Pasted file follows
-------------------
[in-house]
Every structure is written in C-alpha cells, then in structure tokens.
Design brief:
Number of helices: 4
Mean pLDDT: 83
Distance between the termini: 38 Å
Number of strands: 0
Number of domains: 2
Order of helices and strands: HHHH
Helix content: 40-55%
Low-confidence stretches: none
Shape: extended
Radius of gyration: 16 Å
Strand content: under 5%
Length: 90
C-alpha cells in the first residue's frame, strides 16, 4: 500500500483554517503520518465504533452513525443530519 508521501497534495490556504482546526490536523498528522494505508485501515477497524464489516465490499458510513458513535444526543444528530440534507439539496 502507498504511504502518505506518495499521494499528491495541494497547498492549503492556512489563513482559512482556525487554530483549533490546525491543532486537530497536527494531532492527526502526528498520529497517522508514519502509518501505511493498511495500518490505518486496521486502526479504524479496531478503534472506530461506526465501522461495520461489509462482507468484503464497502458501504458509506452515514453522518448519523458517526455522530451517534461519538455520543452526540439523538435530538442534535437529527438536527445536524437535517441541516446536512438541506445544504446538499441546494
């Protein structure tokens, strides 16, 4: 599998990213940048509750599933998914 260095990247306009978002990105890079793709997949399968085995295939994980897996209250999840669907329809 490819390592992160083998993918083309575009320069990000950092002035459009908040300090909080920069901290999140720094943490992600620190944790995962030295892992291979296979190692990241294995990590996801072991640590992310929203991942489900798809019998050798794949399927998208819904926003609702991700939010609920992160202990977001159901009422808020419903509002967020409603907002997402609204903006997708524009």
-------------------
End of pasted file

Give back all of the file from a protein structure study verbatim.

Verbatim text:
[in-house]
Every structure is written in C-alpha cells, then in structure tokens.
Design brief:
Number of helices: 4
Mean pLDDT: 83
Distance between the termini: 38 Å
Number of strands: 0
Number of domains: 2
Order of helices and strands: HHHH
Helix content: 40-55%
Low-confidence stretches: none
Shape: extended
Radius of gyration: 16 Å
Strand content: under 5%
Length: 90
C-alpha cells in the first residue's frame, strides 16, 4: 500500500483554517503520518465504533452513525443530519 508521501497534495490556504482546526490536523498528522494505508485501515477497524464489516465490499458510513458513535444526543444528530440534507439539496 502507498504511504502518505506518495499521494499528491495541494497547498492549503492556512489563513482559512482556525487554530483549533490546525491543532486537530497536527494531532492527526502526528498520529497517522508514519502509518501505511493498511495500518490505518486496521486502526479504524479496531478503534472506530461506526465501522461495520461489509462482507468484503464497502458501504458509506452515514453522518448519523458517526455522530451517534461519538455520543452526540439523538435530538442534535437529527438536527445536524437535517441541516446536512438541506445544504446538499441546494
């Protein structure tokens, strides 16, 4: 599998990213940048509750599933998914 260095990247306009978002990105890079793709997949399968085995295939994980897996209250999840669907329809 490819390592992160083998993918083309575009320069990000950092002035459009908040300090909080920069901290999140720094943490992600620190944790995962030295892992291979296979190692990241294995990590996801072991640590992310929203991942489900798809019998050798794949399927998208819904926003609702991700939010609920992160202990977001159901009422808020419903509002967020409603907002997402609204903006997708524009």